05/06/2017 Daily Politics


05/06/2017

Similar Content

Browse content similar to 05/06/2017. Check below for episodes and series from the same categories and more!

Transcript


LineFromTo

Hello, and welcome to the Daily Politics and Westminster,

:00:38.:00:41.

where campaigning ahead of the general election goes

:00:42.:00:43.

on in the wake of Saturday's terror attack in London.

:00:44.:00:46.

Police are said to know the identity of the three attackers who killed

:00:47.:00:49.

seven people and injured 48 near London Bridge,

:00:50.:00:52.

the third attack of its kind in the UK in just 10 weeks.

:00:53.:01:03.

As the investigation continues, Prime Minister Theresa May

:01:04.:01:05.

says "enough is enough", promising to end the UK's

:01:06.:01:07.

Labour leader Jeremy Corbyn says she ignored warnings about the risks

:01:08.:01:11.

We'll be talking about the political impact of the attack.

:01:12.:01:15.

The election is now just days away, and we've been in Northern Ireland

:01:16.:01:18.

looking at the possible impact of Brexit at the ballot box.

:01:19.:01:23.

And should you believe what you read in the opinion polls?

:01:24.:01:26.

We'll try and explain why the pollsters can't agree on much

:01:27.:01:29.

It isn't an exact science, is it, because what people say

:01:30.:01:34.

about what they're going to do isn't necessarily what

:01:35.:01:36.

All that in the next hour, and with us for the whole

:01:37.:01:46.

of the programme today, it's the former Conservative Justice

:01:47.:01:48.

Minister Dominic Raab, and the Shadow Health Secretary

:01:49.:01:59.

So let's begin by talking about Saturday's attack

:02:00.:02:08.

Police investigating the latest terrorist incident to affect the UK

:02:09.:02:12.

say they know the identity of the three attackers who murdered

:02:13.:02:15.

seven and injured 48, and say they will release the names

:02:16.:02:17.

They were shot and killed by police after driving into pedestrians

:02:18.:02:21.

on the bridge in Central London and stabbing people in nearby

:02:22.:02:24.

Borough Market, and the names of some of the victims have also

:02:25.:02:27.

Let's get the latest on this ongoing investigation from our home

:02:28.:02:30.

affairs correspondent, Daniel Sandford.

:02:31.:02:34.

Tell us the latest developments. As you say, police are almost

:02:35.:02:41.

certain of the identities of the men who drove across the bridge and

:02:42.:02:46.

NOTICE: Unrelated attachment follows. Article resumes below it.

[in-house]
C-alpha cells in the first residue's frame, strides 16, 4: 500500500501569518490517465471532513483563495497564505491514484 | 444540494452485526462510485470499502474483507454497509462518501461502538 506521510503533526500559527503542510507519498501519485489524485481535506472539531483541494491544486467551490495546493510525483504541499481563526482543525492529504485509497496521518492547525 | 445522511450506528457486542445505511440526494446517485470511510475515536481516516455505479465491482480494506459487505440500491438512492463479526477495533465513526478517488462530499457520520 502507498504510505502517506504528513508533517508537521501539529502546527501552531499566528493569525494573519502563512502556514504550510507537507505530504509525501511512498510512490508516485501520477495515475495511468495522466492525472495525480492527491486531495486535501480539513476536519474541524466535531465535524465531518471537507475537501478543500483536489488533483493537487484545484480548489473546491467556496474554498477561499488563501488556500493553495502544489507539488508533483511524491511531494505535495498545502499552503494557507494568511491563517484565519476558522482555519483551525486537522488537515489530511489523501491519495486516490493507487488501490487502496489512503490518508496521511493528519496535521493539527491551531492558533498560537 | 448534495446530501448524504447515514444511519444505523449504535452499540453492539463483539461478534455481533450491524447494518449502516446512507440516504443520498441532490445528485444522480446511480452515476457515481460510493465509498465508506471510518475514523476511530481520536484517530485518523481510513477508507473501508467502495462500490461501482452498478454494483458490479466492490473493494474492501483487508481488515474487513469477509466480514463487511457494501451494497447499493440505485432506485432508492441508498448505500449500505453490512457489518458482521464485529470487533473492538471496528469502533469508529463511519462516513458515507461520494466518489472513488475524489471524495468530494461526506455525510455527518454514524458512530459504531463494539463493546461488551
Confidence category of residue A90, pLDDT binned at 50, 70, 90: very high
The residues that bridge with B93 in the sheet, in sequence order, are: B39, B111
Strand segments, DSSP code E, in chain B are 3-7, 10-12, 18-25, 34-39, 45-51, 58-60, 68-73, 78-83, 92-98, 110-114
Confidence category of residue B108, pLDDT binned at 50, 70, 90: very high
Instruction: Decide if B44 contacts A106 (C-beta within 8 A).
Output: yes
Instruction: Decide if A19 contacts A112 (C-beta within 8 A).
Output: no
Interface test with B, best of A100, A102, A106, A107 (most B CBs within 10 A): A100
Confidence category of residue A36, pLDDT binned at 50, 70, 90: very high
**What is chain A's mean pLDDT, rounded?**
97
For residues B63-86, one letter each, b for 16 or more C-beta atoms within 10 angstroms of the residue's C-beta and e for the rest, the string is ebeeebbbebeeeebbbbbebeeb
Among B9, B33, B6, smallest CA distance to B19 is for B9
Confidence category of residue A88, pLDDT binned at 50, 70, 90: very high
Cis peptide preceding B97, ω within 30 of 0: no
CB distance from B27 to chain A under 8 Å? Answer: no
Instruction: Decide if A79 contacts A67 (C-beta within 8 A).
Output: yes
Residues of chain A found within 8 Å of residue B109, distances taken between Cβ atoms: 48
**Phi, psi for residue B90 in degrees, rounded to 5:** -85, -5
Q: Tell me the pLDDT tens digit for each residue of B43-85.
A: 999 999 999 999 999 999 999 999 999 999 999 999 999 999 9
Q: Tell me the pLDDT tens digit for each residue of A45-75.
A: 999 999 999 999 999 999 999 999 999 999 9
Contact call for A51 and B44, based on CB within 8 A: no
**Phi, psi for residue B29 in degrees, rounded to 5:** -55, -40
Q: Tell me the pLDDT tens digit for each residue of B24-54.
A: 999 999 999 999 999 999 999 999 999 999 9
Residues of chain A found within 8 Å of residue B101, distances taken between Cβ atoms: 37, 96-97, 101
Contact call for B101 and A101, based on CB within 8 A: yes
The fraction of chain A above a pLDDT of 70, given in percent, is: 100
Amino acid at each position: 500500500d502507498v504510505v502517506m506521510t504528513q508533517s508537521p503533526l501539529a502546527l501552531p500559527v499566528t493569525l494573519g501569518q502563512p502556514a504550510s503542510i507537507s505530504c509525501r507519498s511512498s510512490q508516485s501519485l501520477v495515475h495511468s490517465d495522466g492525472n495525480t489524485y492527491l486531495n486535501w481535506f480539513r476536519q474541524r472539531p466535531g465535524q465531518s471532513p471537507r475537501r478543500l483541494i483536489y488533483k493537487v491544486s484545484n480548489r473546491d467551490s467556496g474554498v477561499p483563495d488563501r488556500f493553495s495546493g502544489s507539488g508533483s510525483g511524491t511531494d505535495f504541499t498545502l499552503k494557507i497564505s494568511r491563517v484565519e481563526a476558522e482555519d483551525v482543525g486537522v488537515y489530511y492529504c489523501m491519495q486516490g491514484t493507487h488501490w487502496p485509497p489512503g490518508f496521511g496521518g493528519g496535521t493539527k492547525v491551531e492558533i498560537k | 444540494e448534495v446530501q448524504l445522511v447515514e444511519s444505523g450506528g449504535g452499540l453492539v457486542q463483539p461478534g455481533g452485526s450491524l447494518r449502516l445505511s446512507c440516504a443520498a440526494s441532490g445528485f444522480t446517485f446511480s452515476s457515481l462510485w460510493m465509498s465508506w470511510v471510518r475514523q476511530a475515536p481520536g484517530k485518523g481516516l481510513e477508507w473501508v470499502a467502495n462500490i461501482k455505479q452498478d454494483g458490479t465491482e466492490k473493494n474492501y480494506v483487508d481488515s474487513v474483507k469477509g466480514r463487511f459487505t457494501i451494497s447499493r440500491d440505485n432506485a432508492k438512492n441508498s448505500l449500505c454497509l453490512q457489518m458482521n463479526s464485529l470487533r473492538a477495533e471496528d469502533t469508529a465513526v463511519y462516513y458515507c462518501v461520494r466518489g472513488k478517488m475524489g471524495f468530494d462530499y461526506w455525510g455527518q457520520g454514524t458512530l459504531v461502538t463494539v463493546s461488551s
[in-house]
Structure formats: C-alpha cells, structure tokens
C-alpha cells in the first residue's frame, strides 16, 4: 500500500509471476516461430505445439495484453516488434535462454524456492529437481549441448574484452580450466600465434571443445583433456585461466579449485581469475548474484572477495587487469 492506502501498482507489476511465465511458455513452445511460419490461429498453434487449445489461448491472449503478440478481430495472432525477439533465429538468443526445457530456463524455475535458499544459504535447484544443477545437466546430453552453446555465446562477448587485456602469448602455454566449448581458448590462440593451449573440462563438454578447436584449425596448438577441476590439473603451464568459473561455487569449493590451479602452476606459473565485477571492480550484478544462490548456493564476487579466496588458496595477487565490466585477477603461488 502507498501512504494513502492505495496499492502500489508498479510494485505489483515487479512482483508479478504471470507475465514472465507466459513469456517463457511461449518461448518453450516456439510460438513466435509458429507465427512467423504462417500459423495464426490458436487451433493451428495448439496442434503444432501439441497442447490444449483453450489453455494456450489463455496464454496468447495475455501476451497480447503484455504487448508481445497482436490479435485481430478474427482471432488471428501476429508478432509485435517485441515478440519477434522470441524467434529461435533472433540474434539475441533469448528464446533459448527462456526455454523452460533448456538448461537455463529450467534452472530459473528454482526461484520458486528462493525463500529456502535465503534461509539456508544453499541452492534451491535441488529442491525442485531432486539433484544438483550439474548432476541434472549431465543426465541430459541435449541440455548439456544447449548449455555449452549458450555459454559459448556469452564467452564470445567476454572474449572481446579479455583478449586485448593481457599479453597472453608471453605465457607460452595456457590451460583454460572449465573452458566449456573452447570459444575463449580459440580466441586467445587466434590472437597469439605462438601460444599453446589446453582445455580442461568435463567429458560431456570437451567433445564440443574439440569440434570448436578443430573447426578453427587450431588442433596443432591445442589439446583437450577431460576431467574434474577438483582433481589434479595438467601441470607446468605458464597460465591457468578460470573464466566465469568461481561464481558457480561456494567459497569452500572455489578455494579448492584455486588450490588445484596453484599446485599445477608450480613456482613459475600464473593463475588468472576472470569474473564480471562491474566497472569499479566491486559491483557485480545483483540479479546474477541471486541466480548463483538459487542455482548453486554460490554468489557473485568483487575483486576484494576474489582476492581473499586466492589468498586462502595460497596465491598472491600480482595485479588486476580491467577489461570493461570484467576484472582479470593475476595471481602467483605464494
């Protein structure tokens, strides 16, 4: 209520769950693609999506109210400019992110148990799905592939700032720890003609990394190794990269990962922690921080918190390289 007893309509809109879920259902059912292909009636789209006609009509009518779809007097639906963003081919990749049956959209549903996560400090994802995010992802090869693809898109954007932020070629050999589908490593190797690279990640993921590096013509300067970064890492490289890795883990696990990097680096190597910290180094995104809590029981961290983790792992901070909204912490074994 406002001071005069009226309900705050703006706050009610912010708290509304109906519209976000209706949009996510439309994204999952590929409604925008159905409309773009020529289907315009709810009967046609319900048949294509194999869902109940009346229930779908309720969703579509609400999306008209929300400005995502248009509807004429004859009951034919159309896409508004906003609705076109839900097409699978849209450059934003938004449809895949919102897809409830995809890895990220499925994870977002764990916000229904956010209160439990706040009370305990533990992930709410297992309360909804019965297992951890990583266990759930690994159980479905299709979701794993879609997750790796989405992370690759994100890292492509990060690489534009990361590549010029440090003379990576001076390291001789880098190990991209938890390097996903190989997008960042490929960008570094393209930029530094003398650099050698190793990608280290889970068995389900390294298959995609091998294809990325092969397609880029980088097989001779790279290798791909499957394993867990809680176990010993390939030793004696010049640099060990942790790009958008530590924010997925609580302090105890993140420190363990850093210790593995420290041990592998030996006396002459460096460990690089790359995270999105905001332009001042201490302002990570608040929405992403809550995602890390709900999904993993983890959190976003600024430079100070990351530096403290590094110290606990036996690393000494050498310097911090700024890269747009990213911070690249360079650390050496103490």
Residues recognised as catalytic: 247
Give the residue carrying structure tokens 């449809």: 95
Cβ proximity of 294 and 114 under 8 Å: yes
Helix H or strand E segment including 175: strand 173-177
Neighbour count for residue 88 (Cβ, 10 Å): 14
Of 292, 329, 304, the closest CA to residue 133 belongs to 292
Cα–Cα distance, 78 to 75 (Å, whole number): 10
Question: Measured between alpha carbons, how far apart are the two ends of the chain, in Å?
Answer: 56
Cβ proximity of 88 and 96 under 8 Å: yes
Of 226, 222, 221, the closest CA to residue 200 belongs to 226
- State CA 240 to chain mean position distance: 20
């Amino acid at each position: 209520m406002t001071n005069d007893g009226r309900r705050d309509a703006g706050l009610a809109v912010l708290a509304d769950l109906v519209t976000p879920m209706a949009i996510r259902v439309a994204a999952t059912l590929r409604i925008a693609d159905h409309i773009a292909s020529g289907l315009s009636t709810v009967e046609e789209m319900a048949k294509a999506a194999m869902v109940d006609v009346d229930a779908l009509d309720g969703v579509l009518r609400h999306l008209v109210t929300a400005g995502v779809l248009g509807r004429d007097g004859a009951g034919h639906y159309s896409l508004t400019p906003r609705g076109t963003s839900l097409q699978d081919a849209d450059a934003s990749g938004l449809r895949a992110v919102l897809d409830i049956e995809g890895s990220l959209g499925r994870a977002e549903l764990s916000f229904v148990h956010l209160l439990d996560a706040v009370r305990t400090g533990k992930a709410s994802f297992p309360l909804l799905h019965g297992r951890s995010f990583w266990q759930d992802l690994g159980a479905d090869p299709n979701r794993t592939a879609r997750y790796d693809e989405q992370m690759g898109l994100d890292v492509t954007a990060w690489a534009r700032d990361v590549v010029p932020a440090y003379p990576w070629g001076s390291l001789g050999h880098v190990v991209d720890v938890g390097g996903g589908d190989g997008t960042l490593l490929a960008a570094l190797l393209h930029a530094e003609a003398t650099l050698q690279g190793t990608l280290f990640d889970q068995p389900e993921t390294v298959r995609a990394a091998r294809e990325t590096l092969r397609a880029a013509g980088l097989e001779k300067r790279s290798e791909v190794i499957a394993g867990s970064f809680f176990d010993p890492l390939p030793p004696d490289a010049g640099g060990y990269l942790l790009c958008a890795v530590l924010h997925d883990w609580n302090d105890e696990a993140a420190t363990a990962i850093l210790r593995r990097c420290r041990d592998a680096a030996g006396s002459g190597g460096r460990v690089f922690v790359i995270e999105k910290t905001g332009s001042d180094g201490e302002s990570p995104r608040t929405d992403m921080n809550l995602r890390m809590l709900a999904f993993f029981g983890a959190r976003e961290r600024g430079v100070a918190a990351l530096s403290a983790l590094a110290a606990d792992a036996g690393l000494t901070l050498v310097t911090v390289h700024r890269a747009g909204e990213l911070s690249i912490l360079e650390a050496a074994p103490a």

started stabbing people in the pubs and restaurants nearby in Borough

:02:47.:02:50.

Market. We in the media are also aware of the identity of at least

:02:51.:02:54.

one of those but we are being asked by the police not to broadcast them

:02:55.:02:57.

for operational reasons at the moment. I think we may get the names

:02:58.:03:01.

officially announced as early as this afternoon but that does depend

:03:02.:03:05.

on what happens in terms of arrests and raids over the next few hours.

:03:06.:03:14.

One of the men is definitely a Pakistani man living in the Barking

:03:15.:03:17.

area and another man we are hearing from Irish sources likely had an

:03:18.:03:19.

Irish identity card and what of Moroccan origin but we will hear

:03:20.:03:24.

more about that in the afternoon. 11 people are currently in custody, 12

:03:25.:03:29.

having been arrested, one of the men was released soon afterwards. Most

:03:30.:03:34.

of those people were arrested at one address in Barking, another one

:03:35.:03:40.

close by. We had two fresh raids overnight, one in the borough of

:03:41.:03:46.

Barking and one in the borough of Newham, we had camera crews at both

:03:47.:03:48.

of those, lots of police activity at those but still this is early days,

:03:49.:03:52.

the police pretty much know who did it, the question is who helped them.

:03:53.:03:57.

We now know five plots have been disrupted between the Manchester

:03:58.:04:00.

attack two weeks ago and that on Saturday night. As the volume always

:04:01.:04:05.

been that high? No, I don't think it has. It has

:04:06.:04:10.

been exceptionally high since 2014, we are talking about 18 plots I

:04:11.:04:15.

think since 2014 have been disrupted but there seems to have been an

:04:16.:04:19.

acceleration since the Westminster attack on March the 22nd this year.

:04:20.:04:24.

I think a failing in police circles and security service circles is

:04:25.:04:28.

there is a degree of copycat or inspiration as a result of that,

:04:29.:04:39.

they noticed how much attention and shock was caused by bad attack on

:04:40.:04:42.

March the 22nd and that have encouraged people to accelerate

:04:43.:04:44.

their own plans, so you are essentially have since March the

:04:45.:04:46.

22nd two successful attacks on the UK and five what the police believe

:04:47.:04:51.

were unsuccessful attacks on the UK, and I think that is the highest

:04:52.:04:55.

level we have really ever seen, it wasn't the rate at which we saw it

:04:56.:04:59.

in the IRA era and even in the Al-Qaeda area we were not getting

:05:00.:05:03.

them coming into the UK at that kind of rate.

:05:04.:05:04.

Daniel, thank you. This attack followed hard

:05:05.:05:05.

on the heels of the bombing at a pop concert in Manchester less

:05:06.:05:08.

than two weeks ago. Last night, the singer Ariana Grande

:05:09.:05:10.

returned to the city for a benefit concert to remember the victims

:05:11.:05:13.

of that suicide bomb. # But don't look back

:05:14.:05:16.

in anger, I heard you say. I love you guys so much,

:05:17.:05:29.

and I think that the kind of love and unity that you're displaying

:05:30.:05:32.

is the medicine that the world So I want to thank you

:05:33.:05:35.

for being just that. And I want to thank you for coming

:05:36.:05:41.